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Live Life Fully: Pass, fail or incomplete?

By Linda Arnold

CHARLESTON, W.Va. -- Maybe it's been years since you've been in school. Trust me though: You're still getting graded.

Not by teachers, mind you. If you're like most of us, you're grading yourself. And you're probably not even aware of it.

Let's just look at a typical week's activities. You have the best intentions of getting things done, and then other things intervene. Do you procrastinate? Or maybe you overcompensate -- by doing more things in other areas, rather than completing the project you set out to do. (I'm quite familiar with this technique).

If you're putting off a project, why? I'm sure you have lots of reasons (translation: excuses). Maybe you're not confident you can pull it off well enough, so you just don't try. Better not to risk the judgment of not being "good enough" than to jump in and tackle the assignment.

Or maybe it's such an unpleasant task that you'd rather be distracted by something else -- anything! It's funny how our minds play tricks on us, consciously and subconsciously.

Sometimes our fears of criticism come from external sources like family, friends and co-workers. More often than not, though, they can come from that ever-popular inner critic.

So, we end up with a lot of things half done or never even started. And that definitely takes its toll. Every time we walk past those incomplete projects, or turn them over in our heads, something registers inside us that can bring on feelings of guilt, regret or shame.

But here's the deal: Whenever we continually tell ourselves we'll do something and then we don't do it, it chips away at our integrity. We let ourselves down. And that's just as bad as letting someone else down. Over time, we learn we can't trust ourselves.

You know the feeling. It's the cumulative effect of:

  • That outside shed that needs to be organized or the storage closet that barely has a walk-through path anymore.
  • Those dreaded medical directive and power-of-attorney forms that need to be filled out.
  • That delicate conversation we need to have with a family member.
  • That weed whacker that needs repaired.
  • The overflowing bathroom vanity cabinets.
  • Multiple books on the nightstand that cry out to be read.
  • Thank-you notes to write.
  • Photos that need to be cataloged.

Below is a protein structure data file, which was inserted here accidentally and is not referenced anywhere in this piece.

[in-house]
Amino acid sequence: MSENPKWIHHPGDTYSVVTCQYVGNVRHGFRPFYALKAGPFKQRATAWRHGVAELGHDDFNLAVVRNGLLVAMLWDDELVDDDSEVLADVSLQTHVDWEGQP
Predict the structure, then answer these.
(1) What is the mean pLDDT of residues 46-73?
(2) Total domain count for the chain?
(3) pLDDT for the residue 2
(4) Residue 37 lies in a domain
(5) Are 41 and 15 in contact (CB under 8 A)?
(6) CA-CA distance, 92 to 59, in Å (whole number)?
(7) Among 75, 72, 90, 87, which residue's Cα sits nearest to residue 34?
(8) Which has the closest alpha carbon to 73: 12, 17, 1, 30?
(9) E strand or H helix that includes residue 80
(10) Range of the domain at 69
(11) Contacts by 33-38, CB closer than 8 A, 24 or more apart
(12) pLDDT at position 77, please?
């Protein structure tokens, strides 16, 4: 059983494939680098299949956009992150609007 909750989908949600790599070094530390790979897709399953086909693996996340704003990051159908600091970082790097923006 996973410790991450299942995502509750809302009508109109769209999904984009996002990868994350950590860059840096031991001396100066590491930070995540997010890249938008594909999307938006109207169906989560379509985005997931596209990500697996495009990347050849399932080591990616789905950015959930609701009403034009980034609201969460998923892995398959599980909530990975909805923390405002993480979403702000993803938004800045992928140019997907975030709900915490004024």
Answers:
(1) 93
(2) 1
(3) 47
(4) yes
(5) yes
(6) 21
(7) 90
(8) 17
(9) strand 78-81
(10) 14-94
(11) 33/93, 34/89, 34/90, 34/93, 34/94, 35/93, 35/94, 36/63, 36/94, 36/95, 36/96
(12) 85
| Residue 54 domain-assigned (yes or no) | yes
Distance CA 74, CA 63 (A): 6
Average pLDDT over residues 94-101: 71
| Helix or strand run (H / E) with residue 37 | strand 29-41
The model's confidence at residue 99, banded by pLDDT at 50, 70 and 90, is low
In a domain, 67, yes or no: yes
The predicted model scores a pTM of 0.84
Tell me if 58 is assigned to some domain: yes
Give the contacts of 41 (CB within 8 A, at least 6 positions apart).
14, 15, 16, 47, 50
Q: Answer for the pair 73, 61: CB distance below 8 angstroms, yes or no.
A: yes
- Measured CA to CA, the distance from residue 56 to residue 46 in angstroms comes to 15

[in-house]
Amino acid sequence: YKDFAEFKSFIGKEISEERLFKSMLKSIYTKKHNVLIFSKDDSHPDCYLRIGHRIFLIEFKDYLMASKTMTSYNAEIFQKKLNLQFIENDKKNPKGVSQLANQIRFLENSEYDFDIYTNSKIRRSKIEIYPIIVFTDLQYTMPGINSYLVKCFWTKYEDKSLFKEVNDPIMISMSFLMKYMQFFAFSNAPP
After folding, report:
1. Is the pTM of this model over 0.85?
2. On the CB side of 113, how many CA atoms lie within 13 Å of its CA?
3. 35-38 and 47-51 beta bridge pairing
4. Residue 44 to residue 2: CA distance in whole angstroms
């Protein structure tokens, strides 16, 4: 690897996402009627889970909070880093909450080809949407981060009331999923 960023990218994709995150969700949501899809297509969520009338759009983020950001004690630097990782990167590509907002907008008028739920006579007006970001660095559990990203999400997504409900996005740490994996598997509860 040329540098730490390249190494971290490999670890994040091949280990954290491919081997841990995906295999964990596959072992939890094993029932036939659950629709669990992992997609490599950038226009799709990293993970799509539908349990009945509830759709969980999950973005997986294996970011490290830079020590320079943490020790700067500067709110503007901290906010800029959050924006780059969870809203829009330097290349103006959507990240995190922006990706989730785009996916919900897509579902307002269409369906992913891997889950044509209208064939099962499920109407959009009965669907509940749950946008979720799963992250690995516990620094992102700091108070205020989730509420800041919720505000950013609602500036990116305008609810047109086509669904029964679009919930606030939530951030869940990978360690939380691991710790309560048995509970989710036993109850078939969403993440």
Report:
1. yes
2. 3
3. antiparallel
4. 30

• Long-term health-care plans that need to be researched.
  • If any of these items have struck a chord or triggered similar lists in your own head, it may be that you have some "incompletes" lurking in your midst and robbing your energy.

    Help is on the way, though. You don't have to resign yourself to that sense of purgatory anymore. And you don't have to quit your day job to get every single thing done to feel relief.

    I've discovered an amazing tool for gaining the upper hand over the incompletes in my life. All it takes is a legal pad, a pen and a calendar. That's because there's tremendous power in charting a course -- the first step in gaining some semblance of control over these ever-present demons.

    Here's my E-Z Plan:

  • List each incomplete item. Take your time walking around your house and scouring your current and pending lists. Dare to look in those closets.
  • Consult your calendar and designate a date to get into action on each item. Just this first tiny step can make a big difference.
  • Be realistic. Give yourself more time than you think you'll need. It's always good to have a cushion and a contingency plan. After all, you're the one in charge. These challenges didn't happen overnight, and they're not going to be resolved overnight.
  • Chunk it down. Some projects may need to be divided into multiple time frames. If that's the case, take the different steps into account, and list them in different sections of your calendar.
  • Step back and review your calendar.
  • Once again, be realistic. Stretch out your time frames even more. Leave room for "real life" to occur.
  • Even though you may be tempted to clear everything out in the next few weeks, I'd say several months may be called for. The last thing you want to do is end up resenting the plan of progress you're designing. That could likely result in more procrastination, layered with aggressive or passive-aggressive behavior toward the new initiative.

    And here's another thing. Reward yourself whenever you cross any project off the list. Rather than ruminating over the ones that are not done, revel in the ones that are done. That's a key part of the plan.

    It's amazing how empowering this can be. Just getting those incompletes down on paper -- with a realistic, long-term plan to tackle them -- can help you feel more in control of these demons that are sapping your energy.

    The results are well worth the extra effort. When you start trusting yourself to follow through on things, it opens up all kinds of other avenues: confidence, dependability and inner peace, all of which lead to greater enjoyment of life's experiences, without all those detractors subconsciously nagging at you.

    Registration for this life course is always open -- no more incomplete grades!

    Linda Arnold, MBA, is a certified wellness instructor and chairwoman/CEO of The Arnold Agency, a marketing communications company specializing in advertising, public relations, government relations and interactive marketing. Reader comments are welcome and may be directed to Linda Arnold, The Arnold Agency, 117 Summers St., Charleston, WV 25301, or emailed to livelifefully@arnoldagency.com.


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